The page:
As it was the case for the prisoner, that Fleming had himself committed the murder, he was cross-examined at great length, in order to bring out facts suspicious in themselves, or assertions which could be contradicted by others. The first point to which the prisoner's counsel addressed themselves was the old man's statement, that he had lain in bed till nine. He was at first confident in the correctness of this statement, and added that the first person who came to the house on the Saturday was the servant at the next house, who wanted to borrow a spade. But after a great deal of questioning, in the course of which he appears to have become much confused, he admitted that a man came with milk between eight and nine, that he refused to take any in, and that the door-chain was not up. He was then pressed to give a reason why he did not let the servant open the door, the obvious suggestion being that he then knew that she was dead. His answer was that he had been over the house just before the milkman called, and, finding no one, naturally answered the door on hearing a knock. Both the milkman and his boy (called as witnesses for the prisoner) said they called at about 7.45, and the boy added that he saw the old man dressed, and that he took the chain off when he spoke to him. Thus, the contradiction resolved itself entirely into a mistake about time, and a defect of memory about the chain. If the old man got up earlier than he thought, the whole thing came to nothing.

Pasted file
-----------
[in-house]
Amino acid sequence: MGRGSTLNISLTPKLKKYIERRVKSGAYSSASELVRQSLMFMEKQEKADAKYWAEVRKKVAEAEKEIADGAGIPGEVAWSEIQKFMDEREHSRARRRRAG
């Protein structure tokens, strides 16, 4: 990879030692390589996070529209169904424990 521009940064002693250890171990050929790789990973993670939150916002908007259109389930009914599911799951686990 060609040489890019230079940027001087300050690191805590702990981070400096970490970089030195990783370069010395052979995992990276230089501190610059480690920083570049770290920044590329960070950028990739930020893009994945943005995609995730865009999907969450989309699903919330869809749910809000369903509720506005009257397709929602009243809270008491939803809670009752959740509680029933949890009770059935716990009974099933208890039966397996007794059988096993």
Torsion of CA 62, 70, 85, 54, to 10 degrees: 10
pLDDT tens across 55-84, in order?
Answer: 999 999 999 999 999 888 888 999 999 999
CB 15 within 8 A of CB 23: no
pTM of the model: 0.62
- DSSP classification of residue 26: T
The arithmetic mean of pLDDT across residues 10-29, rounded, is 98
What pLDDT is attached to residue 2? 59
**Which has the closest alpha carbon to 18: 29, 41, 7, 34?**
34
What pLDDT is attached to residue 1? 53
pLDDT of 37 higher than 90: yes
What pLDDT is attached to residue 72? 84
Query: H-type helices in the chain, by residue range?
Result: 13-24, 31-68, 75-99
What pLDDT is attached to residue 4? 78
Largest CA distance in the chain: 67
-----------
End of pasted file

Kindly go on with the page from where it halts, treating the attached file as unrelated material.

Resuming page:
He was further pressed to explain why he did not get up when he heard the cries. His answer was, because they stopped. He said that he did not send for the police in the morning because it did not occur to him. "I was looking for her back every other minute, always expecting that she had gone away with some of her friends. I thought she would come back. It never occurred to me trouble, or murder, or anything of the kind." ..." I looked for her always coming back, and thought that if there had been anything,—drink, or anything—going, that she might have been enticed out with friends, yet she would be back." No other evidence whatever against old Fleming, and nothing that could even attract suspicion, was discovered in any other part of the inquiry. One or two trifling circumstances were brought forward, but they were so slight that they proved nothing except the closeness of the scrutiny to which the matter had been subjected. A bag was found in old Fleming's room, which had a small mark of blood upon it; but the mark was a very small one, and might have been caused by any trifling accident. There was also a little blood on one or two of his shirts; but the same observation applied to them. Two or three witnesses, called for the prisoner, deposed to having heard the deceased use expressions which, it was suggested, implied that she had some cause to complain of his conduct. Mary M'Pherson said that Jessie M'Pherson had told her that "her heart was broken with the old man. He was so inquisitive that the door-bell never could ring but he had to know who it was." A Mrs. Smith said that she asked Jessie M'Pherson how she was in Fleming's family? She said, "I don't feel very happy or comfortable; for Fleming is just an old wretch—an old devil." She added, "I cannot tell you the cause, because Sandy" (Mrs. Smith's husband) "is with you." Whether "the cause" meant the cause of Fleming's being an old wretch, or the cause of her looking ill, on which Mrs. Smith had made a remark, does not appear. Another witness, Elizabeth Brownlie, spoke of Jessie M'Pherson having observed that the old man remarked everything, and said that she spoke of him on one occasion as "the old devil." That he was rather too inquisitive about her proceedings appears to have been the only definite complaint she made of him. All this, which, in an English court, could not have been given in evidence, is a long way from the point, and far too minute to build any inference upon in a matter of such importance.